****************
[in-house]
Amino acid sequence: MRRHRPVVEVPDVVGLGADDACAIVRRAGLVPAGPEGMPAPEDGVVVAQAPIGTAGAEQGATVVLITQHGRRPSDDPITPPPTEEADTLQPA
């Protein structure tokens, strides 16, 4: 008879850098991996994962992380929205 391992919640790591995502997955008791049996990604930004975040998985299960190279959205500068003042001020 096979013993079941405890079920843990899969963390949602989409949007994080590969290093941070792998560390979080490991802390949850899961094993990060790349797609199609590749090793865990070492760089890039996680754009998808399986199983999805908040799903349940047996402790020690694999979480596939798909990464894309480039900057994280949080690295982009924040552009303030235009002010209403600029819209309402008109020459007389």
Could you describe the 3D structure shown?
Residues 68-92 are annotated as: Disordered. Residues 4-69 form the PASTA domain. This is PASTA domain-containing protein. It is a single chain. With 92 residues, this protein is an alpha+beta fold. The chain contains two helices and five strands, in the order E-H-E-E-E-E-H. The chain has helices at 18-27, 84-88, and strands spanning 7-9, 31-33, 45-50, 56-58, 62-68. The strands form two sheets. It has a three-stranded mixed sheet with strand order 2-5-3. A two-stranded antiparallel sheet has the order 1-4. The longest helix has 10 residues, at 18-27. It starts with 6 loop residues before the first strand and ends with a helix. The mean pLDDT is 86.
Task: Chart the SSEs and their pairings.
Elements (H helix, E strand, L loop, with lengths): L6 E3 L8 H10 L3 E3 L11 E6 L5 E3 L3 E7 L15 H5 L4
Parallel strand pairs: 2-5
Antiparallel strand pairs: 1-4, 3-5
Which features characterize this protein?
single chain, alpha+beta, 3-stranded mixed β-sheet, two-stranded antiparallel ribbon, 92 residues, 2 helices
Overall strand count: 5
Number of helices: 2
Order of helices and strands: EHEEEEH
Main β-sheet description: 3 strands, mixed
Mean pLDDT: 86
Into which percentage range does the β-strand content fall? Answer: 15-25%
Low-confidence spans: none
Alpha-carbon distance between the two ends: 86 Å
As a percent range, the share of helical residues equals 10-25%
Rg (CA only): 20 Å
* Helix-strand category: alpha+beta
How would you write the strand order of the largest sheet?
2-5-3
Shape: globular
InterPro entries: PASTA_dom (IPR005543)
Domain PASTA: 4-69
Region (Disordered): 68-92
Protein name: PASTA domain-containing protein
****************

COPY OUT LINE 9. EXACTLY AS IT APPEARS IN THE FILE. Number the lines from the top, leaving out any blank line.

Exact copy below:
Antiparallel strand pairs: 1-4, 3-5